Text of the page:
Prescription DHA/EPA: One hypothesis why clinical trials on fish oil have mixed results is that the doses used aren’t high enough and/or the quality of the product isn’t pure enough. Pharmaceutical companies have seen this as a market for prescription products. High-dose, pharmaceutical-grade DHA and EPA pills, such as Lovaza, have been shown in clinical trials to increase several specific SPMs.[ref] Lovaza is prescribed for reducing triglycerides.[ref]
Clinical trials of high doses of DHA/EPA:
Clinical trials using high doses of DHA/EPA and also measuring specialized pro-resolving mediators (SPMs) show:[ref]
- In chronic kidney disease, 4g/day of an omega-3 supplement for eight weeks increased resolvins (RvE1, RvE2, RvE3, RvD5).
- In overweight major depressive disorder patients, supplementing with between 1 and 4 g/day of EPA was investigated. The results showed that all of the supplemental doses increased EPA, DPA, and subsequent SPM levels in a dose-dependent fashion.[ref] (Note that this clinical trial didn’t find that EPA was better than placebo at reducing depressive symptoms – everyone improved, even the placebo group.)[ref]
- In pregnancy, 3.7 g of supplemental DHA/EPA increased SPMs in offspring.
- In peripheral artery disease, a 4.4g supplement of DHA/EPA for 3 months increased resolvin E3.
- Another study of peripheral artery disease found that a marine oil supplement of 4.5g (DHA/EPA/DPA) increased maresins.
- A marine oil supplement in healthy people increased several different SPMs.
- In people with arthritis, a microalgae oil supplement containing 2.1g DHA/day for ten weeks increased SPMs.
Oxidation in fish oil supplements:
A real concern with taking fish oil supplements is that many are oxidized, possibly leading to negative effects from the supplement rather than increased SPMs. Exposure to air or to higher temperatures accelerates the oxidation of fish oil supplements. You’ll want to check the expiration dates on fish oil supplements. Some people suggest keeping them in the refrigerator, especially if you live in a warm locale.[ref]
What about arachidonic acid?
Arachidonic acid is the omega-6 precursor to lipoxins. Most people get plenty of AA in their diets. Foods high in arachidonic acid include chicken, eggs, pork, beef, milk, and salmon. The only significant plant sources of arachidonic acid for vegans are red and brown seaweed. Keep in mind that arachidonic acid can be converted into the lipoxin SPMs, but also converted into proinflammatory molecules also. Going overboard with AA is likely not needed. Note that the body can also convert linoleic acid into arachidonic acid. Linoleic acid is found in vegetable oils, nuts, and seeds – abundant in the modern diet.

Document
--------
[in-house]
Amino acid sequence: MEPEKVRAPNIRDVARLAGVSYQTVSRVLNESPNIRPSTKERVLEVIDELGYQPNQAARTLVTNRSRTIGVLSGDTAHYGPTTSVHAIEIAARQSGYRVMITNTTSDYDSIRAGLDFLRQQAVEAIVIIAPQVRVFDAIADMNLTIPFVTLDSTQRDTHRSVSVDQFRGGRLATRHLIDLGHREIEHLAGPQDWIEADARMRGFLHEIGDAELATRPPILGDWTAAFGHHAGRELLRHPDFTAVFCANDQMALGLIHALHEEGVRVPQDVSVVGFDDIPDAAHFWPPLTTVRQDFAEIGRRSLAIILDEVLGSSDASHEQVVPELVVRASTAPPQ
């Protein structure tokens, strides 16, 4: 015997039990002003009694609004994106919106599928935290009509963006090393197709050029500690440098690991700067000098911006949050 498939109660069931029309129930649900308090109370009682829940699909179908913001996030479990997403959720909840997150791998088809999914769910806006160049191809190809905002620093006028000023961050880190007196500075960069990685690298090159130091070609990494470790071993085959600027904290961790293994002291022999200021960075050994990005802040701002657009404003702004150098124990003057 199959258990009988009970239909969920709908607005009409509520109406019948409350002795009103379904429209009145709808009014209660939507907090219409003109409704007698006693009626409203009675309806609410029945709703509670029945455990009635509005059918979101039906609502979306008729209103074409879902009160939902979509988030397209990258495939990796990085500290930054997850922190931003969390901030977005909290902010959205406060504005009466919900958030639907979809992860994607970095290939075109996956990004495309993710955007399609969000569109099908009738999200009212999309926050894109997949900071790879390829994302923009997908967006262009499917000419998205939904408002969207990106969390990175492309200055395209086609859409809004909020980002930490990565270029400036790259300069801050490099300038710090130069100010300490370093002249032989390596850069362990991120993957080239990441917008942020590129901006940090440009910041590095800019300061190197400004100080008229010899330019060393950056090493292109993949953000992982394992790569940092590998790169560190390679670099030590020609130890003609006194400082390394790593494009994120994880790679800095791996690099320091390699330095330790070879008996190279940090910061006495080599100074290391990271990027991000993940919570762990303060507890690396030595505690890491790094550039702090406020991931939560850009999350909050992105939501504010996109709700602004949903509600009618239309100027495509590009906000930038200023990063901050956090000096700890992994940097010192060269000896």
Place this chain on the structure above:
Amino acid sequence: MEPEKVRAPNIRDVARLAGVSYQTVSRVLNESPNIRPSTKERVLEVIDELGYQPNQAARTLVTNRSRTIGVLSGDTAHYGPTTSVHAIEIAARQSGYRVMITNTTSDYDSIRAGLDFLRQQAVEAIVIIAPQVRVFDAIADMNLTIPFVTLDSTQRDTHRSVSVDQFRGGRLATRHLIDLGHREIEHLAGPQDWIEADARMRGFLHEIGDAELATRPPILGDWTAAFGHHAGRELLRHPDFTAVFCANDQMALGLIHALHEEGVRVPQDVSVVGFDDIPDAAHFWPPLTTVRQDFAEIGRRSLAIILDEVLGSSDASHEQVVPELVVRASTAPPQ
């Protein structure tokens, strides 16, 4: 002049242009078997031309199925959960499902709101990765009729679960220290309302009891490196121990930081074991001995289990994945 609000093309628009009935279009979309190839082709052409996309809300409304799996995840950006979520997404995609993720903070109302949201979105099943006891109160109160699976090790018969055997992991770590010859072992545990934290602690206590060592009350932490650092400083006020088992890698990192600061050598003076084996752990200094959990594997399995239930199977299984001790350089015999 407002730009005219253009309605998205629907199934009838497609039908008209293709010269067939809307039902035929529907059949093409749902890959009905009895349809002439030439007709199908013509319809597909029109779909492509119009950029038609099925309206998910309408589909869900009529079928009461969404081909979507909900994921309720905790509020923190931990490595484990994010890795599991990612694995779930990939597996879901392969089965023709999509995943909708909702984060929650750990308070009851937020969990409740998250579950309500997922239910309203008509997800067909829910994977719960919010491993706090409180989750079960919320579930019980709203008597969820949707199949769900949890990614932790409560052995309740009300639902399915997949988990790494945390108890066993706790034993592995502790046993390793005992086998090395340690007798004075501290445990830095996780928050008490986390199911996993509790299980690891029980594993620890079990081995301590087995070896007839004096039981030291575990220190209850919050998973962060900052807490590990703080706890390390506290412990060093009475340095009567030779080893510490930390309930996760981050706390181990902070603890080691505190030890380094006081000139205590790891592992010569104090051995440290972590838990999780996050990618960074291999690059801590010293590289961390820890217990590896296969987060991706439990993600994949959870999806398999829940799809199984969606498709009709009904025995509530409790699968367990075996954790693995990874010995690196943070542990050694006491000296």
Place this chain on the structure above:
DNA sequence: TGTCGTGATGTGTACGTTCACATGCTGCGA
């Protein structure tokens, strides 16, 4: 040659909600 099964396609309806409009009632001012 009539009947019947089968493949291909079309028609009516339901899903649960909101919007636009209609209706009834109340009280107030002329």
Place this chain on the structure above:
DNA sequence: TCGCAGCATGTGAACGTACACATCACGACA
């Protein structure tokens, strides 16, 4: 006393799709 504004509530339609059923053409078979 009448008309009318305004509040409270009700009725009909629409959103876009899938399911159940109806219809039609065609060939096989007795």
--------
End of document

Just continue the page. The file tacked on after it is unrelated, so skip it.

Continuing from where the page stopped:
Medications that block the formation of SPMs
A study examining how muscles rebound from unaccustomed hard exercise showed that ibuprofen (Advil) blocks the formation of proinflammatory mediators, which was expected. But, the researchers also detected that ibuprofen blocked the formation of SPMs (lipoxins, resolvins, and protectins).[ref]
Zileuton, a leukotriene synthesis inhibitor, also blocks the formation of SPMs.[ref]
Medications that increase the formation of SPMs.
Traumeel, a herbal pain relief product offered as an injection or cream, has been shown to increase the production of resolvin D2, resolvin D5, and lipoxin A4 after 24 hours (animal study, injections).[ref]
The rest of this section includes information for members on research on increasing the formation of SPMs via supplement stacks and dietary changes. I go into details on omega-3 vs omega-6 sources, and I’ll explain the differences in SPMs, krill oil, fish oil, and algae oil. Plus, I’ll cover the timing of supplements and ways to change your omega 6: omega 3 ratio. Consider joining today to see the rest of this article. It is well worth the monthly membership fee.
Specialized Pro-resolving Mediator Supplements and Stacks:
Natural substances that increase the formation of SPMs
Targeting the resolution of inflammation rather than just blocking the formation of proinflammatory cytokines is likely to help prevent and reverse chronic diseases.
While this whole article has focused on the resolution of inflammation, the other half of the picture is to stop the source of inflammation.
Modern sources of inflammation include cigarette smoke, air pollution exposure, a crappy diet, poor sleep, chronic infections (e.g., gum disease), or stress.
Your source of chronic inflammation is likely not the same as mine.
Not everyone reacts to inflammatory substances in the same way. One person may be able to eliminate a little arsenic with no problem, but they may not be able to handle organophosphate pesticides.